NAVARRETTE: Well, check it out. We have learned from this whole episode, Roland Burris episode, that Harry Reid is incredibly and increasingly tone deaf. He is not up to the job in many ways. But I'll tell you what. After he was basically ordered by Barack Obama - there was a story out that he was ordered by Barack Obama to seat Burris and resolve this. We have played this game enough. And basically what this was about was Harry Reid, nothing personal against Roland Burris, trying to handicap who was better able to win reelection in the 2010 - mind you - Senate reelection race, already thinking downfield because he wants his majority to be preserved and he wanted that seat to stay Democratic. So, what does he say then to Roll Call Newspaper, Harry Reid? He says, I don't work for Barack Obama. I will work with him, but I don't work for Barack Obama. And with Democrats like that, who needs Republicans?

IZRAEL: He needs to slow his roll and know his role. I'm like, dude. That said it. Yo, A-Train, get it.

IFTIKHAR: Well, I mean, I think, you know, just the political absurdity with what we've seen with the whole Roland Burris/Rob Blagojevich Senate seat, you know, fiasco, you know, I - it's a political, you know, three-ring circus. I mean, we have to remember that a lot of the fight's just here in Washington. You know, it's not something that, you know, the average person on the street, you know, who can't pay their mortgage or get health insurance for their children, I mean, are not really concerned about it. I just think it's part of the three-ring circus that we deal with here in Washington...

MARTIN: But you know...

IFTIKHAR: I'm glad it's over.

MARTIN: But some people argue - Ruben, you've made the point that this speaks to Harry Reid's set of political skills or lack thereof.


MARTIN: But some argue that this speaks to Obama's political skills or lack of...

NAVARRETTE: Yeah, he made a mistake.

MARTIN: That he made a mistake, that he allowed himself to get rolled. See, the argument - it was interesting, you made this argument that, you know, Reid, you know, Reid saying, I don't work for Obama. And the truth is he doesn't. I mean, it is a co-equal branch of government, and people should get that straight.

NAVARRETTE: Right, right.

MARTIN: But what - I think what some are arguing is it shows that Obama doesn't yet - doesn't still - I mean, obviously, he doesn't work for Reid, that he is no longer one of the many...


MARTIN: That he is the one and therefore should be...

IFTIKHAR: Thank you, Oprah.

MARTIN: Making his own independent judgment. So...


MARTIN: Sorry...

(Soundbite of laughter)

MARTIN: I am quoting...

IFTIKHAR: No, you're right.

NAVARRETTE: That's copyrighted. You can't be doing that.

MARTIN: Anyway...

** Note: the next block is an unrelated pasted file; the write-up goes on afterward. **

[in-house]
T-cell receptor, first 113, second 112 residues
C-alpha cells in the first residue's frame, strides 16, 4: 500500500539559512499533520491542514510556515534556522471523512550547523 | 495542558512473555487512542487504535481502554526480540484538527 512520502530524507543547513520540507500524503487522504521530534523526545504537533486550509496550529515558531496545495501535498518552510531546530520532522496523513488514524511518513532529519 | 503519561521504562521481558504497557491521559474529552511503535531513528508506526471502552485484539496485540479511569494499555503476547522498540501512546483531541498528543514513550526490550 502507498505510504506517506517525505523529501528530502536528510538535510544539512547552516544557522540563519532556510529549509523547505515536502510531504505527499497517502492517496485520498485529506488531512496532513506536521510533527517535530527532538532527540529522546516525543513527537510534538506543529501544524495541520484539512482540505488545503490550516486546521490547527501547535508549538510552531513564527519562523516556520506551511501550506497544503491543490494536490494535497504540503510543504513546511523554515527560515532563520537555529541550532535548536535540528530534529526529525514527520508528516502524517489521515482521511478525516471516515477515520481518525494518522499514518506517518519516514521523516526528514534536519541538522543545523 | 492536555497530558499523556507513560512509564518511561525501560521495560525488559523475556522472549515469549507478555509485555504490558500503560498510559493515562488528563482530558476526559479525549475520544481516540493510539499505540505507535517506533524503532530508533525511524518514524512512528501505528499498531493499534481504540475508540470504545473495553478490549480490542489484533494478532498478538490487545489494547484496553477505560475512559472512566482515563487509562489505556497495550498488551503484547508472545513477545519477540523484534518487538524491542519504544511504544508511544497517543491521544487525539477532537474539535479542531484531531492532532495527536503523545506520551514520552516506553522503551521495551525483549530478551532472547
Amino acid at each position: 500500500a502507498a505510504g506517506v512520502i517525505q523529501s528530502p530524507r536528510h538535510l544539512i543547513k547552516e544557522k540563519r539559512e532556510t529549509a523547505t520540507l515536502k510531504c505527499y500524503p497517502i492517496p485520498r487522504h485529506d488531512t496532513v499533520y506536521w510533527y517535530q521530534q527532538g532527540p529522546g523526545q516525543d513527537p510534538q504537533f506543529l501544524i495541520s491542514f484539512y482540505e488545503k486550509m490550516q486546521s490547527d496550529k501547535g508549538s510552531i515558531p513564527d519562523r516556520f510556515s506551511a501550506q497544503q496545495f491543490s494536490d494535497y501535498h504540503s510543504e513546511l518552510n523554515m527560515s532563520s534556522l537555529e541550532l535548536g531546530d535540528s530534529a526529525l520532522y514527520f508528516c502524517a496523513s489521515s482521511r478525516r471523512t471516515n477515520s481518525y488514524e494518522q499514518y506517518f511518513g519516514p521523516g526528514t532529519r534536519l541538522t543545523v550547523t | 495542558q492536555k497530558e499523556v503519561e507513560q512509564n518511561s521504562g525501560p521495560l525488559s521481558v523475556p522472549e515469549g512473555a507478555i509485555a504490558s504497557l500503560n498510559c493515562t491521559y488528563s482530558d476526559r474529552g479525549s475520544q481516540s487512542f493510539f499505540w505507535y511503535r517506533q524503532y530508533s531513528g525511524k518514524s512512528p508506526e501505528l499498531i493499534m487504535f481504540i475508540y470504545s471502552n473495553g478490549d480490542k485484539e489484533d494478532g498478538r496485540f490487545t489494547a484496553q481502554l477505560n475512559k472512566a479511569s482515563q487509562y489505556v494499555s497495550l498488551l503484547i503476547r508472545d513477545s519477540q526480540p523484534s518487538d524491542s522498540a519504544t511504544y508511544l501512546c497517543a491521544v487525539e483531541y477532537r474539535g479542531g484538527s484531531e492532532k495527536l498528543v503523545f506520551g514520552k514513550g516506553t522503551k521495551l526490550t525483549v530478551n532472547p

NAVARRETTE: It's exactly right, though. I mean...

IZRAEL: I was really thinking "The Matrix." But go ahead.

NAVARRETTE: Michel is right. Michel is right. And it's best, I think, that Obama understand from this episode that he and Reid, and for that matter, he and Pelosi, over the stimulus package, over his nominations, that he and the Democratic Congress are going to have to part ways on various issues. And it is now every man and woman for himself.

IZRAEL: You know what? Speaking of fights, the battle for supremacy continues in the NFL playoffs. Now, you know what? Sadly, the Browns aren't down. But this isn't a surprise. But I don't really have a dog in the race. But you know what? I've got to go with the original Cleveland Browns, the Baltimore Ravens, right about now. I'm thinking that's how I'm rolling. A-Train?


MARTIN: I'm sorry - I have to be the one, because Arsalan is not going to point out that every single one of his picks from last week turned out to be right. And it kills me to say this, but...

NAVARRETTE: Oh, my goodness.

MARTIN: I have to roll in and...

IZRAEL: Really?

MARTIN: You know, I don't like...

IFTIKHAR: Giving me credit...

(Soundbite of laughter)

MARTIN: I had to - I'm just going to fall on my sword.

NAVARRETTE: I could have made money on this. Oh, I can't believe it.

IZRAEL: Oh, man.

MARTIN: I'm just going to fall on my sword and say, Arsalan, all of his picks were right.

IZRAEL: That's redunculous.


(Soundbite of laughter)

IZRAEL: I'm sorry...

(Soundbite of laughter)

IZRAEL: (Laughing) Go ahead, A-Train.

NAVARRETTE: And my bookie didn't call me back. Can you believe that?

IFTIKHAR: Well, you know, I'll be honest. As a football purist, you know, I did feel bad for the New York Giants in that I really think Plaxico Burress, his whole fiasco really ruined their chances this year. I mean, he caught the winning pass in the touchdown last year, and I think it speaks to a greater dynamic. In terms of the people that are left, I was the only one who picked that Pittsburgh and Phillies, all Pennsylvania Super Bowl, and I think Big Ben is not just a clock in London. Roethlisberger is going to win his second Super Bowl.


NAVARRETTE: I'll tell you what. It took guts for Arsalan to stand up to Michel last week and say that her Giants were going down.

(Soundbite of laughter)

NAVARRETTE: I thought that was gutsy.

IZRAEL: Yeah, really, especially in the studio, man.

(Soundbite of laughter)

IFTIKHAR: I had water bottles flying at my head, man.

MARTIN: I know. I was looking so hard.

IZRAEL: It was a huge water bottle...

MARTIN: He was getting such a mean mug, it wasn't even funny.

IZRAEL: All right, well, I think - speaking of wrapping up, I think that's a wrap. I want to thank everybody for coming to the Shop. I've got to throw it over to the lady of the house, Michel Martin.

MARTIN: Well, thank you, Jimi. Jimi Izrael is a freelance journalist who writes for TheRoot.com and TV One Online. He joined us from Cleveland. Ruben Navarrette writes for the San Diego Union Tribune and CNN.com, and he joined us from San Diego. Arsalan Iftikhar is the founder of TheMuslimGuy.com and a civil-rights attorney and a writer, and he joined us from our bureau in Washington. Gentlemen, thank you so much.


NAVARRETTE: Thank you.

IZRAEL: Yep, yep.